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About A. R. Pulver
A. R. Pulver is a geek living in Wisconsin and has been watching anime for more than fifteen years. He first gained notoriety in the Digimon community through his fanfiction, most recently Neverworld and Resumption. Beyond Digimon: System Restore, he also offers several articles and commentary on Tumblr and Twitter. He is the new co-host of the With the Will podcast, a bi-weekly podcast talking about the latest Digimon news and other discussion topics. He has also presented Digimon and fanfiction panels at conventions in Wisconsin, Illinois, and Iowa. Check out his SoundCloud page for his Kitsune Kon 2017 panel with six Digimon voice actors discussing a range of topics!

Beyond Digimon: System Restore, he is a staffer at Kitsune Kon in Green Bay and a PA announcer for his high school basketball and football teams. And one time he took Jeff Nimoy to Culver's.

About Digimon: System Restore
Digimon: System Restore is an unflinching look back at every season of the Digimon anime. Most people have a nostalgic view of the series, remembering the epic moments and glossing over the shaky bits. This project sheds that by dedicating a full post to every single episode from the original Adventure series through Fusion.

The aim is threefold. One is to critique the show as an anime. Many of us have gone on and enjoyed other anime, never looking back and viewing gateway series through the same set of eyes. Digimon broke the mold of typical children's programming with an intense plot, deep characters and underlying themes that go far beyond the power of friendship and hope. Simply put, it's an anime. But is it good anime?

Secondly, Digimon fans have a front-loaded mentality, showing reverence to the earlier seasons without paying much heed to more recent series. In reviewing every episode from beginning to end, we can identify the progress of traditions, themes and common angles. We will look at how both the early and late seasons all fit together, comparing and contrasting elements from the start.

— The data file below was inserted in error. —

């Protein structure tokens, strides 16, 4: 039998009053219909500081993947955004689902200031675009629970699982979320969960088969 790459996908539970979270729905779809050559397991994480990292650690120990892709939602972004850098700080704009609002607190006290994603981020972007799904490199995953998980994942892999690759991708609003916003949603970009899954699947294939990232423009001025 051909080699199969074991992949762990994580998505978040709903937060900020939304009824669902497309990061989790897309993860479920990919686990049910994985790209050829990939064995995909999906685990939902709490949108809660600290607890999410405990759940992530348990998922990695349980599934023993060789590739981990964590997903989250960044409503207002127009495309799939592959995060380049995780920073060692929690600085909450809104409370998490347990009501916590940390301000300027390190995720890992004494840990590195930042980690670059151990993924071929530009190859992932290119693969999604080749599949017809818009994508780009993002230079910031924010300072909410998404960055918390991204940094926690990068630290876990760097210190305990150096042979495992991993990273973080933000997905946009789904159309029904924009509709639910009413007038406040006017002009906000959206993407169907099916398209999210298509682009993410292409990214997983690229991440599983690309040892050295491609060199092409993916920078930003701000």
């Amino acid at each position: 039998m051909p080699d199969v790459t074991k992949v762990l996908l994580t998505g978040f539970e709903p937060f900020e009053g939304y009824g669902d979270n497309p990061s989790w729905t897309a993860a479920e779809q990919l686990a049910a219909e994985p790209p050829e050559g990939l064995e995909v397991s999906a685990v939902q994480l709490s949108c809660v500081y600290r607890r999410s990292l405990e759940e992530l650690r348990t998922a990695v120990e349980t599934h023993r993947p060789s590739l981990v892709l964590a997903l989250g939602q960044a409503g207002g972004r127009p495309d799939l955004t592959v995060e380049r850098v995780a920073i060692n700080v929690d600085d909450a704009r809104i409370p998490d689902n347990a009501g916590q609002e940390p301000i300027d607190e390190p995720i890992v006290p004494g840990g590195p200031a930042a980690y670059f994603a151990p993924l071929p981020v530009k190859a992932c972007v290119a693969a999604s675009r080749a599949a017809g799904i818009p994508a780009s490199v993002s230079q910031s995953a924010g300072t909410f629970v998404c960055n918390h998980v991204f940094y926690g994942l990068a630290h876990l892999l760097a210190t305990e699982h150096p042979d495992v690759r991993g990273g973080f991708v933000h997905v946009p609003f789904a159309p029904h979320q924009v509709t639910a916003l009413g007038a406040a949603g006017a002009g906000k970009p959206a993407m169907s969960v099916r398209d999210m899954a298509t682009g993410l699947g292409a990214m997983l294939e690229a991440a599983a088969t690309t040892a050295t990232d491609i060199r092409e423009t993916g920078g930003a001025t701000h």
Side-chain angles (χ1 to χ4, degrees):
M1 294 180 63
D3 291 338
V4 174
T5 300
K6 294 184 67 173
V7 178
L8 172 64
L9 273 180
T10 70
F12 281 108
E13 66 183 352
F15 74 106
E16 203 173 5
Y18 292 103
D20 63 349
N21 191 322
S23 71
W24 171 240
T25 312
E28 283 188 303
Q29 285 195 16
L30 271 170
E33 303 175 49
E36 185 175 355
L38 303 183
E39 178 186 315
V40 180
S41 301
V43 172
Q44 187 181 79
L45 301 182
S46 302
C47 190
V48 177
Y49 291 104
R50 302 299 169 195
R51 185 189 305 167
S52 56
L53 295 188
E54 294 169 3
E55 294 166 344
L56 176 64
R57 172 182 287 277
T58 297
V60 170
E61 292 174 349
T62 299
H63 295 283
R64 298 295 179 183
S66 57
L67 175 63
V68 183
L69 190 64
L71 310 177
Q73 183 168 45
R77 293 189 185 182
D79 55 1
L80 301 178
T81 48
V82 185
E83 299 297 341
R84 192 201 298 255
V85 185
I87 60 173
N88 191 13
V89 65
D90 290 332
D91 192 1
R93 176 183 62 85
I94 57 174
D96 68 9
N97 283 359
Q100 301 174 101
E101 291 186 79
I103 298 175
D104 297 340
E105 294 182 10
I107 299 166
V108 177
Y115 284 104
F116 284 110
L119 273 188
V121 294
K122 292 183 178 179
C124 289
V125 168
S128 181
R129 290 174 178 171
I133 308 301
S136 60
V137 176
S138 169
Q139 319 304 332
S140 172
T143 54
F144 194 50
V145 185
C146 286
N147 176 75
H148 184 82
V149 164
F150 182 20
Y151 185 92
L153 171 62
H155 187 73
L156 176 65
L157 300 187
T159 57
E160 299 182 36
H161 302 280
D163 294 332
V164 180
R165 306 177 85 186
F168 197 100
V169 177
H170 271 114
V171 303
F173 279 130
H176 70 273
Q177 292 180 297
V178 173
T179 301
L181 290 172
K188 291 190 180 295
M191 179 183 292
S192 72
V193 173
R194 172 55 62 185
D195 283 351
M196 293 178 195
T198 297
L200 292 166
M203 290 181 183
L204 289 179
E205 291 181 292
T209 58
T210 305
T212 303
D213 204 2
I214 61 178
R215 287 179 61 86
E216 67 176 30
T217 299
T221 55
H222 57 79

Finally, we want to have fun with this. While we are trying to unlock some hidden truths to this show, there's no secret that the primary goal of Digimon is to entertain. Expect this site to poke fun at the series and its characters, employ sarcasm wherever appropriate and dress down what must be dressed down. While I certainly will have strong opinions on characters and seasons, they will be backed by arguments based on how I see things now. Comment boxes are below every post, so feel free to practice civil discourse.

The vast majority of posts are episode discussions, with three exceptions:

Openings correspond and include new opening themes as they premiere in Japan, allowing you to experience some amazing songs if you haven't heard them yet. Most of the time, this will also link up to a new season, allowing a chance for preliminary thoughts as we head back into the breach.

Endings follow the opposite schedule, posted once the series is about to switch to a new ending theme. They're included for completion's sake, although they're far more hit and miss. Post-series endings will be our way of signing off on a season with final thoughts. Mid-series endings are a chance for some general thoughts, site announcements and halftime entertainment. It's also a short break.

Movies will be posted when they would have premiered in Japan, with the exception of Digimon: The Movie, posted in one big three-part series where the third movie would have went.

Every episode and movie will include a letter grade. An A means it is outstanding and would be among the model episodes I would show to anyone wanting to see how Digimon stands up as anime. B episodes are either fundamentally sound but lack that extra kick, or strong entries that screw something up along the way. Mediocre or unremarkable episodes get C grades, while Ds are reserved for the dumb, offensive, or downright bad episodes. Fs require a special combination of incomprehensible, lazy and bothersome.

After the body of each episode will also be a Loose Data section for stray observations that didn't fit in the main article. The quantity of these will vary depending on the episode, but I'll always try to have at least two or three.

Unless otherwise stated, Digimon: System Restore uses the dub canon as much as feasible. We recognize that there are often major differences between the dub and the original Japanese version, but as it is what most people are familiar with, the dub makes the most worthwhile review material. Thus, differences that don't break everything will be treated as if the dub is truth. Clear dub flubs and inconsistencies will either be broken down, mocked or ignored. I will both praise and bury the dub as the situation dictates, but being different is not be a crime in and of itself. That said, I may comment on significant differences, particularly in seasons where a subtitled release is at our disposal.